Griffin tells me of his experience with Students in Free Enterprise, he began to dream and plan for what would one day be The Foreseeable Future Foundation. Griffin graduated in 2015 and spent two years working for his father and then flexing his entrepreneurial skills with two start up companies. During that time he also solidified his goals and vision so by 2017, his dream had become a reality. 

The mission of this foundation is “to enable the visually impaired to live fulfilling lives through sport and recreation.”  

He built his foundation on four pillars: Humility. Empowerment. Persistence. Leadership.

When Griffin sat down and envisioned the Foreseeable Future Foundation, he could have selected an entirely different framework. Why, then, did he begin with humility?


Griffin explained his dream that the sighted feel comfortable to ask questions and the visually impaired be comfortable to share. As he said, “We don’t know what we don’t know.” He wants people to be secure in their curiosity. “I want people to feel safe enough to ask. And proud enough to answer.”

It was during this conversation we stumbled on Griffin’s interest in pottery. As his vision declined, he was unable to continue painting and chalking. Needing another creative outlet, he searched for a pottery studio. The first few told him they could not accommodate his needs. 

Griffin doesn’t accept NO. He kept searching until he located a studio who would listen to his needs and make the adjustments. 

While taking the pottery classes, Griffin says he was being too hard on himself. He decided to change his mindset. Instead of trying to be great at everything, he said to himself…

“If it’s crap, it’s my crap. I didn’t give up. I can be proud of the hard work I put into it.”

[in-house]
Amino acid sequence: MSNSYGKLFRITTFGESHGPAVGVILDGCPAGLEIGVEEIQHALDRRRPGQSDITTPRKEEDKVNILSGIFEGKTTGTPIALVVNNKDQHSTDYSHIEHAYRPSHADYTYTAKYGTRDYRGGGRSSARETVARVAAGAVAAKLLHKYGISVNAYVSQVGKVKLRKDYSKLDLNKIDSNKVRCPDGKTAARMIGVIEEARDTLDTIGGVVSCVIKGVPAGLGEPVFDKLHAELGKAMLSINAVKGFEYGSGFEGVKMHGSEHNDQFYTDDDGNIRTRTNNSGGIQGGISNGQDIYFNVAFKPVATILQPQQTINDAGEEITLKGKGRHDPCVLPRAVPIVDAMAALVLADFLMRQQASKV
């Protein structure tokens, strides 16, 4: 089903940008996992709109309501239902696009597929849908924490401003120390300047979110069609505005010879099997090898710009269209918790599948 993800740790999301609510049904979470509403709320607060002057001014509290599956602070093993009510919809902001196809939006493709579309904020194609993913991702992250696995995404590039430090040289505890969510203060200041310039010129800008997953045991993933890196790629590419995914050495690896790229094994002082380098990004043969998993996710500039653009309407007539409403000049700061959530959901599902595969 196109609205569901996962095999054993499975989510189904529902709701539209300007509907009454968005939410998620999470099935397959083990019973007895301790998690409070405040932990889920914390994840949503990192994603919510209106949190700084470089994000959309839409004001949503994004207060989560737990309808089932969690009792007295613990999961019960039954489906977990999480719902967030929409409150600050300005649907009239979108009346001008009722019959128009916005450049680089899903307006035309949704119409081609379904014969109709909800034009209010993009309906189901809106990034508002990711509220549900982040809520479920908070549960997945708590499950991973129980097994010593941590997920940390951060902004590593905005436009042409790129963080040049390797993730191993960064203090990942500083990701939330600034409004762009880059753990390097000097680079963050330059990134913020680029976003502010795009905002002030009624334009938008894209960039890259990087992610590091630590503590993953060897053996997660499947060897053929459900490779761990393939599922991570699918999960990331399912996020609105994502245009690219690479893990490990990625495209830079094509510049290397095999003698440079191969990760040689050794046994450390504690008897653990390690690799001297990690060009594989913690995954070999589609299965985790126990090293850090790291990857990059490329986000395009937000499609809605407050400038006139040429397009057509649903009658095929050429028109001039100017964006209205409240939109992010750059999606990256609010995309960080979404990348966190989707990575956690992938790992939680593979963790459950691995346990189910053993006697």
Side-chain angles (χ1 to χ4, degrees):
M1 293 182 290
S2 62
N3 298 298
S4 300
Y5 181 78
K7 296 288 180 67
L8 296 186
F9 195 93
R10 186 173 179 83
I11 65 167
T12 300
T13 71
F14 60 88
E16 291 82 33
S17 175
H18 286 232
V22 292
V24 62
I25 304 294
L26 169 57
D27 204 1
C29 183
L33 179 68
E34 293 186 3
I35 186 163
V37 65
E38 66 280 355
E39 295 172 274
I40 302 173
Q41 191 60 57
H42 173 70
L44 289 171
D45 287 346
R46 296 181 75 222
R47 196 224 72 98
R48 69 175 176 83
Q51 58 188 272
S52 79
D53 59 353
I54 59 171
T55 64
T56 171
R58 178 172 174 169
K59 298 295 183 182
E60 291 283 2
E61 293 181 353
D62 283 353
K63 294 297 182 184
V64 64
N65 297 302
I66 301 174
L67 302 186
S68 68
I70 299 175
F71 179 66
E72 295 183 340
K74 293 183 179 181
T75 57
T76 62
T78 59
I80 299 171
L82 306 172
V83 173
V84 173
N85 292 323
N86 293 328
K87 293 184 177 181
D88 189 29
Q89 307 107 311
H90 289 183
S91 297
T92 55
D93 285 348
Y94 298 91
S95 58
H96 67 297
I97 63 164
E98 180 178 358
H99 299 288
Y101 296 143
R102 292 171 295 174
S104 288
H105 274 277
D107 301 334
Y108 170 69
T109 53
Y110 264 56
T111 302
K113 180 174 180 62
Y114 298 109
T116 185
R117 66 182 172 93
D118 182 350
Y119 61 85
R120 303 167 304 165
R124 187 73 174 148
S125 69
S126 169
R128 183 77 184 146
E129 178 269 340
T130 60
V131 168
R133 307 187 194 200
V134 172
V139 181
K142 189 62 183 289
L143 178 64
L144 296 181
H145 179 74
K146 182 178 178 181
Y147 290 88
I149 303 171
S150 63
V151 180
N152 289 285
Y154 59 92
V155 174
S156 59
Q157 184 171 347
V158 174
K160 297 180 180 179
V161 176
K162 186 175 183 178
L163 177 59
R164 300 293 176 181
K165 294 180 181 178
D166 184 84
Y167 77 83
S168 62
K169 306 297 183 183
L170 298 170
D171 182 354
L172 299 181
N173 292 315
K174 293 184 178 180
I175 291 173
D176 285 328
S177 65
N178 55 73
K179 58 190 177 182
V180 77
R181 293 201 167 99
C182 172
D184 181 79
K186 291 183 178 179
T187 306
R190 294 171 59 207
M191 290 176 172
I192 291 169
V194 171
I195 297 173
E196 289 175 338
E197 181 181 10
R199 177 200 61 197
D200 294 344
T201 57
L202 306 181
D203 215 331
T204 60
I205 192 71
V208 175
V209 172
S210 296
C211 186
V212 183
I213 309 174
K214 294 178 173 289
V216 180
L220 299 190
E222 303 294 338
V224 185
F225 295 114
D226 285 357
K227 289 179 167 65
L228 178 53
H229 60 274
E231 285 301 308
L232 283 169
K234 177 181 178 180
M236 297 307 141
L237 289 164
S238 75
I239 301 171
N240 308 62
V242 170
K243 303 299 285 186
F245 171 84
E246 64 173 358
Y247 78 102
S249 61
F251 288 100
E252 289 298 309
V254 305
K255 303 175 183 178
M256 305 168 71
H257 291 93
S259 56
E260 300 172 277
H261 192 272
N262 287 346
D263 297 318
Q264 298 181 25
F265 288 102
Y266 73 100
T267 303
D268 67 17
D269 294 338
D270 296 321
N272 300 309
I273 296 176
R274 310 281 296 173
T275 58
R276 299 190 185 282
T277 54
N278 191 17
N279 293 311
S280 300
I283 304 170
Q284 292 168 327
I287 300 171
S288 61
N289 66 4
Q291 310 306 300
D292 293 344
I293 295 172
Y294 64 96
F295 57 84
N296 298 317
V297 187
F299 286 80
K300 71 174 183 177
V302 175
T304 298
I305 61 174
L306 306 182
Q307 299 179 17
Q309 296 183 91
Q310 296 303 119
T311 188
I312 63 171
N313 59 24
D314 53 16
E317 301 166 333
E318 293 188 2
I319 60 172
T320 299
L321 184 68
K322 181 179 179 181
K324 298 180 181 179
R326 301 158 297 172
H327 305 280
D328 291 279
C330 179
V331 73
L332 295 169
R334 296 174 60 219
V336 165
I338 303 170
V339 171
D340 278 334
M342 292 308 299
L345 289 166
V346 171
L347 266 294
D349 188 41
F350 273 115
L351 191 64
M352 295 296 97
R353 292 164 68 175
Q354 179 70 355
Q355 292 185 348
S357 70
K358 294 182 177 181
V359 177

Empowerment & Persistence

It was at this point in the conversation, Griffin began to buzz with energy and excitement. We were tapping into Griffin’s truth. It’s a truth he demands the Foreseeable Future Foundation embody 100% of the time…

“This is how I am. It’s me. It’s about never giving up. If something doesn’t work out it won’t be because I didn’t do the work. I will never not try.”


Many of Griffin’s mentors are leaders in a variety of settings. Steve had been a role model for Griffin. Steve was a successful entrepreneur who also happened to have RP. Even Griffin wasn’t aware of his mentor’s visual impairment until much later. 

“People who are visually impaired are in all types of leadership. Entrepreneurs. Government. Athletics. Corporations. We just don’t know it because visual acuity has nothing to do with leadership.”

The Foreseeable Future Foundation

The Foreseeable Future Foundation works within communities to raise awareness and provide education regarding visual impairment and adaptive sports. Through donations and community events, the organization raises funds to support “sports at any level for the visually impaired”. 

The Foundation has made an impact in almost every state. In 2017, they raised about $50,000. In 2018, $275,000 and provided support for three sports camps. In 2019, $350,000 and twenty camps, impacting 800 individual campers.

To date, they have provided financial support to over ten different organizations who conduct sport camps for the visually impaired. 

The Foreseeable Future Foundation awarded $40,000 to Camp Abilities each of the last two years.  

Why Sport?

There are numerous ways to promote, educate and support the visually impaired community. So why did Griffin choose sport?

“Sport is my medicine. Through sport we overcome. Sport shows us we can do whatever we want and that want can vary and change. But with hard work and dedication, our goals and dreams can be realized. My RP is not an obstacle. It’s just part of who I am and part of what I do.”

What’s Next For Griffin?

Griffin, as you can imagine, has many goals. He wants the Foundation to stretch to every state in some capacity. He wants to have awareness events not just in New York but in all four corners and in the Midwest. He’d like to see the Foundation develop some of their own sport programming. And, of course, he’d like to raise more money for camps like Camp Abilities. 

He has a great base of supporters, but he knows he needs to increase Brand Awareness and broaden the reach. To do this, he will utilize the power of social media and hopefully become more active with speaking engagements. 

On the personal front, he will be a Paralympian in cycling. 

During our conversation, Griffin demonstrated he not only speaks of four pillars he embodies them. 

Griffin will not stop. There is no time for that. 

If you’d like to have Griffin speak at your organization, you can reach him on The Foreseeable Future Foundation webpage. 

~ submitted by June Converse